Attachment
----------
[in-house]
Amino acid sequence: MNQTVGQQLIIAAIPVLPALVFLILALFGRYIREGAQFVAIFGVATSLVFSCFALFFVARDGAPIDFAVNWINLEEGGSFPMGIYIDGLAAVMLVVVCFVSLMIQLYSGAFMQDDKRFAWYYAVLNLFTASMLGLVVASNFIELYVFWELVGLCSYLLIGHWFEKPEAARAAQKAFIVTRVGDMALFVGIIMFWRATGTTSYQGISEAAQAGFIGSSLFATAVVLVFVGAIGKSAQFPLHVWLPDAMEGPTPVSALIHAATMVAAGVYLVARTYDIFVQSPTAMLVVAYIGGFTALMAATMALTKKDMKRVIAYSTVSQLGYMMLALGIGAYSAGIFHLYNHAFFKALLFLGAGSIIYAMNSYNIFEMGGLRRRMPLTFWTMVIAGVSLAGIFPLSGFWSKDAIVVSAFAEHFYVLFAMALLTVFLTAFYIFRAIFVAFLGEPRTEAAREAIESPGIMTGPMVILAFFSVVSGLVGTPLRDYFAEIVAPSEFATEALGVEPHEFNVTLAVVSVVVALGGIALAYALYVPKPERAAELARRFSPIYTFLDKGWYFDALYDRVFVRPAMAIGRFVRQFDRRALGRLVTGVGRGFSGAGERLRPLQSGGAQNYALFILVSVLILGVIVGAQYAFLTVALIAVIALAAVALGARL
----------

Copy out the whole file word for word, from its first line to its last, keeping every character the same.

[in-house]
Amino acid sequence: MNQTVGQQLIIAAIPVLPALVFLILALFGRYIREGAQFVAIFGVATSLVFSCFALFFVARDGAPIDFAVNWINLEEGGSFPMGIYIDGLAAVMLVVVCFVSLMIQLYSGAFMQDDKRFAWYYAVLNLFTASMLGLVVASNFIELYVFWELVGLCSYLLIGHWFEKPEAARAAQKAFIVTRVGDMALFVGIIMFWRATGTTSYQGISEAAQAGFIGSSLFATAVVLVFVGAIGKSAQFPLHVWLPDAMEGPTPVSALIHAATMVAAGVYLVARTYDIFVQSPTAMLVVAYIGGFTALMAATMALTKKDMKRVIAYSTVSQLGYMMLALGIGAYSAGIFHLYNHAFFKALLFLGAGSIIYAMNSYNIFEMGGLRRRMPLTFWTMVIAGVSLAGIFPLSGFWSKDAIVVSAFAEHFYVLFAMALLTVFLTAFYIFRAIFVAFLGEPRTEAAREAIESPGIMTGPMVILAFFSVVSGLVGTPLRDYFAEIVAPSEFATEALGVEPHEFNVTLAVVSVVVALGGIALAYALYVPKPERAAELARRFSPIYTFLDKGWYFDALYDRVFVRPAMAIGRFVRQFDRRALGRLVTGVGRGFSGAGERLRPLQSGGAQNYALFILVSVLILGVIVGAQYAFLTVALIAVIALAAVALGARL